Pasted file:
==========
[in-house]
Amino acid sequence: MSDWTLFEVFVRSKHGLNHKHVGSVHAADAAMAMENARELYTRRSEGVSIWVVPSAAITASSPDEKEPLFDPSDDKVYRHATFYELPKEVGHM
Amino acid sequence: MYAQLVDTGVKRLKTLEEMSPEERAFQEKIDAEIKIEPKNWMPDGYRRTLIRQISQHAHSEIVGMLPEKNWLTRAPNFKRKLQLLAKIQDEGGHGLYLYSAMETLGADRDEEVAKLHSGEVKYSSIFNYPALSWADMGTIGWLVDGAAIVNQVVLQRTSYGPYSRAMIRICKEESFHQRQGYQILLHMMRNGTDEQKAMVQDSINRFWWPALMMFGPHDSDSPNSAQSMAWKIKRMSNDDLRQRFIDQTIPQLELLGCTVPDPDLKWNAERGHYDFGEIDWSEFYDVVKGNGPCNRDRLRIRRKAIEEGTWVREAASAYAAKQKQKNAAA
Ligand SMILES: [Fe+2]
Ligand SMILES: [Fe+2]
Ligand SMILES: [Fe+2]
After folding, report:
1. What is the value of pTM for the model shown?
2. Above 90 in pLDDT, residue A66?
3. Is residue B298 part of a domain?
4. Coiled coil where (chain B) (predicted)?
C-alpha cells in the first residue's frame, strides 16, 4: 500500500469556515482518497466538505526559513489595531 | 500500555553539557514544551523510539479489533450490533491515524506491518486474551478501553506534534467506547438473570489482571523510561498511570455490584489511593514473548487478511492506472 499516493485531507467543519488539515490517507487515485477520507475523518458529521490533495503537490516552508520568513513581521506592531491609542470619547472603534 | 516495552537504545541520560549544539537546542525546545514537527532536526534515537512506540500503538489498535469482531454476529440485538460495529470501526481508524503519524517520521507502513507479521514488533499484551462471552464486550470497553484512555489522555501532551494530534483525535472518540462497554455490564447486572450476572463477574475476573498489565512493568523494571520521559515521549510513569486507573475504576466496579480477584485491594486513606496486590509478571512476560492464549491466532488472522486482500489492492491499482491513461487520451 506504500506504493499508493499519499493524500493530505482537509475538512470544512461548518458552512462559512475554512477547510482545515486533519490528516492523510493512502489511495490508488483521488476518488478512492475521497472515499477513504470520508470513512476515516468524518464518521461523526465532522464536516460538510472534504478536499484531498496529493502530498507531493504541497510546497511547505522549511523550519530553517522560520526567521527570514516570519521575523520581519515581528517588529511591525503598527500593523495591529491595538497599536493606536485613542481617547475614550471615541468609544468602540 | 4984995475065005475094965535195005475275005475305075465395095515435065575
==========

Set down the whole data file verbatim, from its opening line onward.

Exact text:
[in-house]
Amino acid sequence: MSDWTLFEVFVRSKHGLNHKHVGSVHAADAAMAMENARELYTRRSEGVSIWVVPSAAITASSPDEKEPLFDPSDDKVYRHATFYELPKEVGHM
Amino acid sequence: MYAQLVDTGVKRLKTLEEMSPEERAFQEKIDAEIKIEPKNWMPDGYRRTLIRQISQHAHSEIVGMLPEKNWLTRAPNFKRKLQLLAKIQDEGGHGLYLYSAMETLGADRDEEVAKLHSGEVKYSSIFNYPALSWADMGTIGWLVDGAAIVNQVVLQRTSYGPYSRAMIRICKEESFHQRQGYQILLHMMRNGTDEQKAMVQDSINRFWWPALMMFGPHDSDSPNSAQSMAWKIKRMSNDDLRQRFIDQTIPQLELLGCTVPDPDLKWNAERGHYDFGEIDWSEFYDVVKGNGPCNRDRLRIRRKAIEEGTWVREAASAYAAKQKQKNAAA
Ligand SMILES: [Fe+2]
Ligand SMILES: [Fe+2]
Ligand SMILES: [Fe+2]
After folding, report:
1. What is the value of pTM for the model shown?
2. Above 90 in pLDDT, residue A66?
3. Is residue B298 part of a domain?
4. Coiled coil where (chain B) (predicted)?
C-alpha cells in the first residue's frame, strides 16, 4: 500500500469556515482518497466538505526559513489595531 | 500500555553539557514544551523510539479489533450490533491515524506491518486474551478501553506534534467506547438473570489482571523510561498511570455490584489511593514473548487478511492506472 499516493485531507467543519488539515490517507487515485477520507475523518458529521490533495503537490516552508520568513513581521506592531491609542470619547472603534 | 516495552537504545541520560549544539537546542525546545514537527532536526534515537512506540500503538489498535469482531454476529440485538460495529470501526481508524503519524517520521507502513507479521514488533499484551462471552464486550470497553484512555489522555501532551494530534483525535472518540462497554455490564447486572450476572463477574475476573498489565512493568523494571520521559515521549510513569486507573475504576466496579480477584485491594486513606496486590509478571512476560492464549491466532488472522486482500489492492491499482491513461487520451 506504500506504493499508493499519499493524500493530505482537509475538512470544512461548518458552512462559512475554512477547510482545515486533519490528516492523510493512502489511495490508488483521488476518488478512492475521497472515499477513504470520508470513512476515516468524518464518521461523526465532522464536516460538510472534504478536499484531498496529493502530498507531493504541497510546497511547505522549511523550519530553517522560520526567521527570514516570519521575523520581519515581528517588529511591525503598527500593523495591529491595538497599536493606536485613542481617547475614550471615541468609544468602540 | 4984995475065005475094965535195005475275005475305075465395095515435065575